Tim Chase’s love of the environment was instilled in him as a young man involved in many outdoor activities. SUBMITTED

Connecting with nature and teaching “environmental literacy” through hands-on learning is what Bluffton High School science teacher Timothy Chase is all about.

Recently, his passion and innovation have earned him the 2018 Presidential Innovation Award for Environmental Educators – one of only four in the nation – from the White House Council on Environmental Quality and the Environmental Protection Agency.

Chase will receive a Presidential award plaque and a $2,500 award to be used to further his professional development in environmental education. Bluffton High School will also receive an award of up to $2,500 to fund environmental educational activities and programs.

“I am thrilled to see Tim Chase receive this recognition from the U.S. Environmental Protection Agency for his work,” said Bluffton High Principal Denise Garison. “Mr. Chase makes science real, relevant, and engaging for his students. We are fortunate to have him as a member of our Bobcat family.”

Chase came to Bluffton High School in 2012 from a certified “green school” in Maryland, but his commitment to conservation and the environment was instilled in him long before that. He enjoyed outdoor activities and travel to national parks when he was a boy, and he worked with the Youth Conservation Corps during summers as a teenager.

“Today’s generation is plugged into phones and video games. There’s a real need to introduce them to nature and environmental science,” Chase said. “So many kids just don’t have the opportunity to explore. I’m a huge public lands advocate to make sure that we’ll always have open places for everyone to experience.”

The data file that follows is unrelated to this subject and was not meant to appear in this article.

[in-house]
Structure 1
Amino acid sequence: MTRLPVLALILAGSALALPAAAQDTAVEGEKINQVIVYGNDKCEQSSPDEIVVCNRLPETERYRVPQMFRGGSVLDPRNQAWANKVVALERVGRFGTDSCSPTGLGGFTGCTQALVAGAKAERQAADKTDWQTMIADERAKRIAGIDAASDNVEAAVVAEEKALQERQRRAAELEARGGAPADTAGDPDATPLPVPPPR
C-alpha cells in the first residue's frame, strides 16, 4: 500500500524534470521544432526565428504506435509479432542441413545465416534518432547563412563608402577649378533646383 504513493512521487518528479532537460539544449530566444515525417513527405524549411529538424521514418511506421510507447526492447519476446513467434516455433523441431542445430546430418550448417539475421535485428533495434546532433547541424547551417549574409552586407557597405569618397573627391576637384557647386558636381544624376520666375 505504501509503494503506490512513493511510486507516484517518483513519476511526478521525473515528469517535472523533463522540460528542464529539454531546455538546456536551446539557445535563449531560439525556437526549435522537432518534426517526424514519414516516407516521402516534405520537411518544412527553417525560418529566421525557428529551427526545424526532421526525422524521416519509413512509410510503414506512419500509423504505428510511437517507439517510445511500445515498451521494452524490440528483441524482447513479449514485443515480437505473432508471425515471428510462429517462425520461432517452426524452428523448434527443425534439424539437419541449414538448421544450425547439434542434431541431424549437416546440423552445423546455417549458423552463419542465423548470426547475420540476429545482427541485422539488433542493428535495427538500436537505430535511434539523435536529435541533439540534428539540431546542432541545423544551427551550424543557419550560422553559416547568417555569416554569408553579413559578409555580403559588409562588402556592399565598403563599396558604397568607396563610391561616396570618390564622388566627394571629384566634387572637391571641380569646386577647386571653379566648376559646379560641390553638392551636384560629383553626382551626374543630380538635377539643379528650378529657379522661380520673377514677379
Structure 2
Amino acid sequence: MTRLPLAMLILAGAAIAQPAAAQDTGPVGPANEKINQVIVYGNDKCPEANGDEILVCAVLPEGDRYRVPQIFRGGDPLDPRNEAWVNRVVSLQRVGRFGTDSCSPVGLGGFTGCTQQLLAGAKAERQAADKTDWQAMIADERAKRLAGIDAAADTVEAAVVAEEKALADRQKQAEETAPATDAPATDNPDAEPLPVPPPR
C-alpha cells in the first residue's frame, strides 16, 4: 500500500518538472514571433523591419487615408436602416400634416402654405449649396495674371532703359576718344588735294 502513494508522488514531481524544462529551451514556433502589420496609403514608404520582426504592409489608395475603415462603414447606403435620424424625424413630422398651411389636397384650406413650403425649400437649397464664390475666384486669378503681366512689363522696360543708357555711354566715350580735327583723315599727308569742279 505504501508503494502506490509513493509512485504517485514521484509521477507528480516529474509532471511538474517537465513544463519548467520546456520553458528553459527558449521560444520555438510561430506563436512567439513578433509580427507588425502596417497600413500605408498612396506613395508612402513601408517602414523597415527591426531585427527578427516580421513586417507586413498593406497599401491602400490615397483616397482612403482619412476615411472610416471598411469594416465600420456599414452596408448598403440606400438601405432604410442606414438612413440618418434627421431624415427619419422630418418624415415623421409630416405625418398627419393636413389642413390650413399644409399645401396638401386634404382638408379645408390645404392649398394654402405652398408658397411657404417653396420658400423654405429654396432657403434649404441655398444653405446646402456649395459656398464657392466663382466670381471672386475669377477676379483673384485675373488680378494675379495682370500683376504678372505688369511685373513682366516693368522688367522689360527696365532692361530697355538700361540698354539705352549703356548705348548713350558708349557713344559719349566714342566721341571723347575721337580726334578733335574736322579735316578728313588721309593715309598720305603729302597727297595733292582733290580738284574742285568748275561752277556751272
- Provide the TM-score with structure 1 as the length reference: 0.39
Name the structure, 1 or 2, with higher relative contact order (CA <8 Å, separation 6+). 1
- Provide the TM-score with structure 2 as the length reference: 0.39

Chase uses a three-pronged approach to make learning about environmental issues exciting and fun. He allows students to explore environmental issues outside whenever possible; empowers them to explore solutions in their own community; and inspires them to engage in community service related to those issues.

The SOIL (Sustainable Outdoor Inquiry Learning) Project created a sustainable organic food garden. Students built raised garden beds from old wooden pallets, added compost produced from the cafeteria’s garbage, and grew sustainable foods watered from rain barrels created by the students.

Students are also turning “trash into cash” by up-cycling and repurposing items. For example, they collect small, glass yogurt containers and convert them into designer candles using beeswax. The candles are sold and the money is used for environmental projects. They also get a chance to use the creative side of their brains by using recycled products for art projects.

Chase recently worked on a project with ESOL (English for Speakers of Other Languages) teachers to develop a meaningful learning experience with an environmental theme. Students identified the disappearance of Monarch butterflies as the problem they wanted to address. “They had a meaningful experience that empowered them. It wasn’t just learning out of a textbook,” Chase said.

Edwina Hoyle is a freelance writer in Bluffton.